|Our Progress in 2017 and Plans for 2018||2018-03-20||Holden Karnofsky||Open Philanthropy||Open Philanthropy||Broad donor strategy||Criminal justice reform|Animal welfare|Scientific research|Cause prioritization||The post compares progress made by the Open Philanthropy Project in 2017 against plans laid out in https://www.openphilanthropy.org/blog/our-progress-2016-and-plans-2017 and then lays out plans fo 2018. The post notes that grantmaking was sustained at the expected level of over $100 million, and that hints of impact are being seen in the areas where they would be expected, namely criminal justice reform and animal welfare. Deep independent investigations, such as https://www.openphilanthropy.org/files/Focus_Areas/Criminal_Justice_Reform/The_impacts_of_incarceration_on_crime_10.pdf by David Roodman for criminal justice reform and https://www.openphilanthropy.org/focus/us-policy/farm-animal-welfare/how-will-hen-welfare-be-impacted-transition-cage-free-housing by Ajeya Cotra for animal welfare, are highlighted. Scientific research is identified as an area of strong progress, with the transformative R01 second chance program https://www.openphilanthropy.org/blog/our-second-chance-program-nih-transformative-research-applicants highlighted. The separation from GiveWell was completed in 2017. For 2018, hiring is a top priority, while the level of giving is expected to be maintained at the current level of over $100 million.|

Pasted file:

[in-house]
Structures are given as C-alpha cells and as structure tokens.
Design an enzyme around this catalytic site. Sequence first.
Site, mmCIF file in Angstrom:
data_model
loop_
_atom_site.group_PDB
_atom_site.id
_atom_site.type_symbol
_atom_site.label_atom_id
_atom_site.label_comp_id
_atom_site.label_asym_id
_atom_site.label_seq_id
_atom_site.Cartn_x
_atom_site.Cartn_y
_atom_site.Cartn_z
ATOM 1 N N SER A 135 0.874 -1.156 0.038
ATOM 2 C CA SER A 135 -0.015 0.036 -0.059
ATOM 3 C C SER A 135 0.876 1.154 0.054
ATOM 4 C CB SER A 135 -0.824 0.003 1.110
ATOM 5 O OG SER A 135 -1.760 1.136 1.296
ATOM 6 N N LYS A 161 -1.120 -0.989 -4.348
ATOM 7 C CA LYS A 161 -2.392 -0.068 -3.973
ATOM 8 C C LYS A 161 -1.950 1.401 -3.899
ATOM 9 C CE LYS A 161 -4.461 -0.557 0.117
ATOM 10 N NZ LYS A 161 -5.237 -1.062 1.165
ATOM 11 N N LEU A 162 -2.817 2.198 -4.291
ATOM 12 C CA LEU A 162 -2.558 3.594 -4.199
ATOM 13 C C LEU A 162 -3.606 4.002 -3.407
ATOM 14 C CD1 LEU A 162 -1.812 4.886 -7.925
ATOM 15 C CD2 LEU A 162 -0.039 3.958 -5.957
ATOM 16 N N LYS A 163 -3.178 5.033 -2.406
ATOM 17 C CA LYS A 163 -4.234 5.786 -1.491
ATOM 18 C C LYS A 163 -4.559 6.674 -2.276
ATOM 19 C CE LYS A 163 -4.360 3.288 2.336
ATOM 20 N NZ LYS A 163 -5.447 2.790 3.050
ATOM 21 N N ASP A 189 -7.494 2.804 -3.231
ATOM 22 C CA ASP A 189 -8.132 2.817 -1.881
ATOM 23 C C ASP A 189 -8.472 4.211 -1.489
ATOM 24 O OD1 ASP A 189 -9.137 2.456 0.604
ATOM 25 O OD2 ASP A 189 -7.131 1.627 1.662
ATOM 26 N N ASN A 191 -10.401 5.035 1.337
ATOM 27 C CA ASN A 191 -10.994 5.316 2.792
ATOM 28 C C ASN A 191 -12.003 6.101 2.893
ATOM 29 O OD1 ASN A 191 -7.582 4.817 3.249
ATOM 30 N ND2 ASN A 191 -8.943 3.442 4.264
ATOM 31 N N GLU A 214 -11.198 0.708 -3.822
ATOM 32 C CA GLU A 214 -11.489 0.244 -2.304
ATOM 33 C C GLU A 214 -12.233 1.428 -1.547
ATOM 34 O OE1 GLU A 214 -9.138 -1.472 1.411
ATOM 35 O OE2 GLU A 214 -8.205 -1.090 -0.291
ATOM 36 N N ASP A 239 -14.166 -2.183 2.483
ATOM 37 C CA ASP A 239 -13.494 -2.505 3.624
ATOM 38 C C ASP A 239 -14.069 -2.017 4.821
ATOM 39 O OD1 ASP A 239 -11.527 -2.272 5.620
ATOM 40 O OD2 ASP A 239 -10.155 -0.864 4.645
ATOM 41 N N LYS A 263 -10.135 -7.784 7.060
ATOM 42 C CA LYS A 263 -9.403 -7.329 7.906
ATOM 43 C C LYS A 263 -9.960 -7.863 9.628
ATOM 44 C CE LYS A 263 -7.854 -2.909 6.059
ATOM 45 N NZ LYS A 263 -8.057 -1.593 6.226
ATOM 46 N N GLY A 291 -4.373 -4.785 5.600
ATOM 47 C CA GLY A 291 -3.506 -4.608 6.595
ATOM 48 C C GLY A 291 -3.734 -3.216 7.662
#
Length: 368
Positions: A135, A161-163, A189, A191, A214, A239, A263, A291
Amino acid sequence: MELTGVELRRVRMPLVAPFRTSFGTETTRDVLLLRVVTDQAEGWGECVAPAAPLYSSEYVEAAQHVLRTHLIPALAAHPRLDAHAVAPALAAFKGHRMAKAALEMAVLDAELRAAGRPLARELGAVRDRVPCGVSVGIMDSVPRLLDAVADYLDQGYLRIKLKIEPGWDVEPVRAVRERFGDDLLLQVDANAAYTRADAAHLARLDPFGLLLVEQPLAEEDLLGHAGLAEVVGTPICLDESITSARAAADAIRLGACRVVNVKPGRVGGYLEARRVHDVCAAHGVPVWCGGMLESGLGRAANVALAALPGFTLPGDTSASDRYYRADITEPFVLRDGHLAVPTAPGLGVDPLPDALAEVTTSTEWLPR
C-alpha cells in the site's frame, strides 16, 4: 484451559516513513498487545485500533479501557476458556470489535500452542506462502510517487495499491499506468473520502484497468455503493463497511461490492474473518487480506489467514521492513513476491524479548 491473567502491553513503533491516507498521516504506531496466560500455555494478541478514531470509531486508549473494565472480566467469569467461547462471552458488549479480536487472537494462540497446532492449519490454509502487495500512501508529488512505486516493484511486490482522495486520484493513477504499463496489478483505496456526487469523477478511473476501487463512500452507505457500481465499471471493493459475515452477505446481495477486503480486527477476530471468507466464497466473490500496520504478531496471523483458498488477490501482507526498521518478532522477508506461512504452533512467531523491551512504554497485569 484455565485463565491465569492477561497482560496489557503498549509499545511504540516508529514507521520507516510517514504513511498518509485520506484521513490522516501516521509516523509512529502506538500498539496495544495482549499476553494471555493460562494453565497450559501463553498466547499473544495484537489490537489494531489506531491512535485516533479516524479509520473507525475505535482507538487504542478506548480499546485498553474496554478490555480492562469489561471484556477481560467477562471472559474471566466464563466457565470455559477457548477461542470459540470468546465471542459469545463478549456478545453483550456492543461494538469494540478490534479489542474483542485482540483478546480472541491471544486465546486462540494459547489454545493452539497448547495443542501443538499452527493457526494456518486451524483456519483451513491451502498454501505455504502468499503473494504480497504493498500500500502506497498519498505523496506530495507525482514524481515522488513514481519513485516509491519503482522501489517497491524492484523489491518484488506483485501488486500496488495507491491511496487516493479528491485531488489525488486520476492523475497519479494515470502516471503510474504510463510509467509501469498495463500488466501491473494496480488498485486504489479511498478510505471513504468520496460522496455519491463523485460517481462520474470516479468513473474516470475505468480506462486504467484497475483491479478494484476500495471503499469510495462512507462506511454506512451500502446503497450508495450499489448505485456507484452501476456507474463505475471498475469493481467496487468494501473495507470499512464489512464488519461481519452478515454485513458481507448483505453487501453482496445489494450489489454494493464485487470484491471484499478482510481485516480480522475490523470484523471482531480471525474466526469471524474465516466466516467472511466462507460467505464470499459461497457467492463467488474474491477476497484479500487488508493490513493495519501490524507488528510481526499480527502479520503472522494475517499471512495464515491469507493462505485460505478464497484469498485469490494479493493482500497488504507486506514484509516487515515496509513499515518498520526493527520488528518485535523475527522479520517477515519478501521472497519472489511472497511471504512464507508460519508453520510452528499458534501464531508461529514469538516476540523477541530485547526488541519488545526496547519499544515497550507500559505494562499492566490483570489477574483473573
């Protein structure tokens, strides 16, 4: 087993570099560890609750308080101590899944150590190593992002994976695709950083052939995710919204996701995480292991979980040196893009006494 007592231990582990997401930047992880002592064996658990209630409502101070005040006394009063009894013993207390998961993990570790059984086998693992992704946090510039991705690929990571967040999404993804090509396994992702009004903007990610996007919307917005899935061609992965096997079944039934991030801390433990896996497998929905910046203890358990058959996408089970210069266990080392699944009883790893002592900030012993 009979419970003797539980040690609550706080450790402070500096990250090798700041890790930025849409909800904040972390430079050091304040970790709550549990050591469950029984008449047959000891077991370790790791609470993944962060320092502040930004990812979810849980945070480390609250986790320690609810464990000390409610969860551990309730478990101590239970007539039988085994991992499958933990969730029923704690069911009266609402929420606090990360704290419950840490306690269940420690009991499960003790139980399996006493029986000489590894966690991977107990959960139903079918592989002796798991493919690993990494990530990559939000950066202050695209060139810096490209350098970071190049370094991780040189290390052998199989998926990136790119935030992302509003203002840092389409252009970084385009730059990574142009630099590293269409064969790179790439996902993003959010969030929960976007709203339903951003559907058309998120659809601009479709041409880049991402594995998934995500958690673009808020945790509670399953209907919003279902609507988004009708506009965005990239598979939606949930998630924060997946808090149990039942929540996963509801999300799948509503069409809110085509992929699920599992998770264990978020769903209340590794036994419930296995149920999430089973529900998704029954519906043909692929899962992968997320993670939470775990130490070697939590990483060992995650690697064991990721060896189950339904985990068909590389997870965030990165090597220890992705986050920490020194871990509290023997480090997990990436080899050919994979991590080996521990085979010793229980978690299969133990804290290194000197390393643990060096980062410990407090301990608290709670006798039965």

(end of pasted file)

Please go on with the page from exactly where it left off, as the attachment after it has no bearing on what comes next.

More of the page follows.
|The world’s most intellectual foundation is hiring. Holden Karnofsky, founder of GiveWell, on how philanthropy can have maximum impact by taking big risks.||2018-02-27||Robert Wiblin Kieran Harris Holden Karnofsky||80,000 Hours||Open Philanthropy||Broad donor strategy||AI safety|Global catastrophic risks|Biosecurity and pandemic preparedness|Global health and development|Animal welfare|Scientific research||This interview, with full transcript, is an episode of the 80,000 Hours podcast. In the interview, Karnofsky provides an overview of the cause prioritization and grantmaking strategy of the Open Philanthropy Project, and also notes that the Open Philanthropy Project is hiring for a number of positions.|